Dermatologists are scratching their heads over frostbite-like lesions that are appearing on the toes of mainly children and young people who have been diagnosed with asymptomatic or mild cases of COVID-19. In some cases, the lesions have appeared on the patient’s fingers.
The sometimes burning condition has been nicknamed “COVID toes” by researchers, yet it’s unclear whether the red or purple rash is a symptom of COVID-19 or a consequence of a second virus carried by the patient.
In many cases, patients presenting with COVID toes haven’t actually been tested for the virus.
The mystery of COVID toes has somewhat overshadowed the emerging problem of rashes, hives and lesions that are appearing all over the body on some COVID patients, suggesting the illness directly manifests skin conditions.
In most cases, the toes and torsos tend to recover in a couple of weeks. Even if the breakouts are a consequence of COVID, it’s unlikely they’d be considered a diagnostic symptom of the disease.
Hives and rashes are common in children suffering respiratory and other viral infections.
The issue of COVID skin conditions emerged in late March, after a group of Italian dermatologists collected data from 88 COVID-19 patients from the Lombardy region: 18 patients (one in five) had developed rashes or chickenpox-like vesicles.
Eight of the patients developed the skin problems at the onset of the disease, and the other 10 developed problems after hospitalisation.
In a letter to the Journal of the European Academy of Dermatology and Venereology, one of the investigators, Dr Sebastiano Recalcati, advised:
“The trunk was the main involved region. Itching was low or absent and usually lesions healed in few days. Apparently there was not any correlation with disease’s severity.”
In early April, French dermatologists reported skin outbreaks, including lesions on the toes, which they termed “pseudo frostbite”, among likely COVID-19 patients.
Since then, the American Academy of Dermatology, has listed more than 100 cases of pseudo-frostbite on a symptoms register, where the catchy “COVID toes” nickname was reportedly coined.
But the shortage of testing kits means the COVID connection remains unproven.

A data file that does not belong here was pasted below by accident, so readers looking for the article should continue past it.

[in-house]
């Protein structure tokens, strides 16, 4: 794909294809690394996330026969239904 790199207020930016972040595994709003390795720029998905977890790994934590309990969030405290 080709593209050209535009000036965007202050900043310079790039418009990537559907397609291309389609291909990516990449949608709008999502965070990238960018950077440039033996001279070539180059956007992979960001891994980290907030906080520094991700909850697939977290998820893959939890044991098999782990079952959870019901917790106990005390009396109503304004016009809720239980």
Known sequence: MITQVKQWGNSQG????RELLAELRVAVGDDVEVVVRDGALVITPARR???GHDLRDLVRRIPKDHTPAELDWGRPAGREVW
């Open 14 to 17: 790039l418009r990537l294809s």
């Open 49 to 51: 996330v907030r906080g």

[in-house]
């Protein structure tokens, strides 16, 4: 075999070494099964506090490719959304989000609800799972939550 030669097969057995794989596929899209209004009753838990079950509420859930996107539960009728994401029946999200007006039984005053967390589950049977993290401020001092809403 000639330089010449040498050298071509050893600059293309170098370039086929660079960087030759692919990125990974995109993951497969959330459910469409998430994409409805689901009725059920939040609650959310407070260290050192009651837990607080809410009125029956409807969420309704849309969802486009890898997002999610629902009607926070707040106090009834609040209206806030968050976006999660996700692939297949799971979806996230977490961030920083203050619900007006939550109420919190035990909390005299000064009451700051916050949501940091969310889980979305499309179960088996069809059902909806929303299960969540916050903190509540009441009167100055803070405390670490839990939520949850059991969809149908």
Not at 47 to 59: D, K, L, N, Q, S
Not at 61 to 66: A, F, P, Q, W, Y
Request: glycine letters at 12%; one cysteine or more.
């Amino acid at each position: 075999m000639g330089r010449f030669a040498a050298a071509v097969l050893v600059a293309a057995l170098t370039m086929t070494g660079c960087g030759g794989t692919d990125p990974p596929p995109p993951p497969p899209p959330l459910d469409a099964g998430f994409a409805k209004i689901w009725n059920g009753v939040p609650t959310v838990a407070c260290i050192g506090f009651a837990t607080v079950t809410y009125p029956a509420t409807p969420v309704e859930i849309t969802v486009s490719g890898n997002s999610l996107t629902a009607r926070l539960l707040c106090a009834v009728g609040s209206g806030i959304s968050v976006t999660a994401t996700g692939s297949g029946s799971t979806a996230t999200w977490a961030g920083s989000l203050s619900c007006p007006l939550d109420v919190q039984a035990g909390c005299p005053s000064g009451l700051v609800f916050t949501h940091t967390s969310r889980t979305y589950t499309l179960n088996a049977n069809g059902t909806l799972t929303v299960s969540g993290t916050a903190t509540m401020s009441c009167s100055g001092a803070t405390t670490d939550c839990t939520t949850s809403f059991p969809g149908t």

In a prepared statement, Northwestern Medicine dermatologist Dr. Amy Paller said she has collected images of approximately 30 cases of COVID toes. She said more testing is needed to definitely know what is causing the condition.
“We don’t know for sure if it’s related to COVID-19, but when it’s so common right now during a pandemic and is occurring in otherwise asymptomatic or mildly affected patients, it seems too much of a coincidence not to be a manifestation of the virus for patients in their teens and 20s,” said Dr Paller, the chairman of dermatology at Northwestern University Feinberg School of Medicine.
“I think it’s much more rampant than we even realise. The good news is it resolves spontaneously.”
Dr Humberto Choi, a pulmonologist at the Cleveland Clinic, said in a hospital online posting: “It’s not uncommon for someone to have a viral infection and have a rash or blotchy areas on their body. This can happen with other viral respiratory infections like measles. And sometimes, antibiotics might cause skin rashes.”
Dr Choi suggested that, like rashes, COVID toes were just another way the body can respond to a viral infection.
“It’s a different form of manifestation and it is still not very clear what causes it. One pattern of COVID toes that people are reporting is red lesions typically on the soles. It’s possible that this is a skin reaction or caused by a small clog or micro clots in the blood vessels found in the toes,” Dr Choi said.
Dr Alisa Femia, director of inpatient dermatology and a specialist in autoimmune connective tissue disease at NYU Langone, in an interview with TIME magazine, said she was seeing “COVID toes fairly frequently these days, often among people with few other symptoms of COVID-19 calling for telemedicine consults from home.”
But she cautioned that other viruses could be to blame, and that the intense focus on all matters COVID could be leading doctors astray.
“Everybody’s looking at things through COVID goggles right now,” Dr Femia told TIME.
“You have to have a sceptical eye.”’
Professor Peter Collignon is an Infectious Diseases Physician and Microbiologist with the Australian National University.
He told The New Daily that a patient with COVID-19 could be suffering a second, different virus. He cautioned doctors not to assume that everything presenting in a COVID-19 patient was actually related or caused by COVID-19.
Professor Collignon said that some of the images he’d seen “looked like foot and mouth disease,” a viral infection that causes a rash or blisters on the hands and feet, as well as in or around the mouth.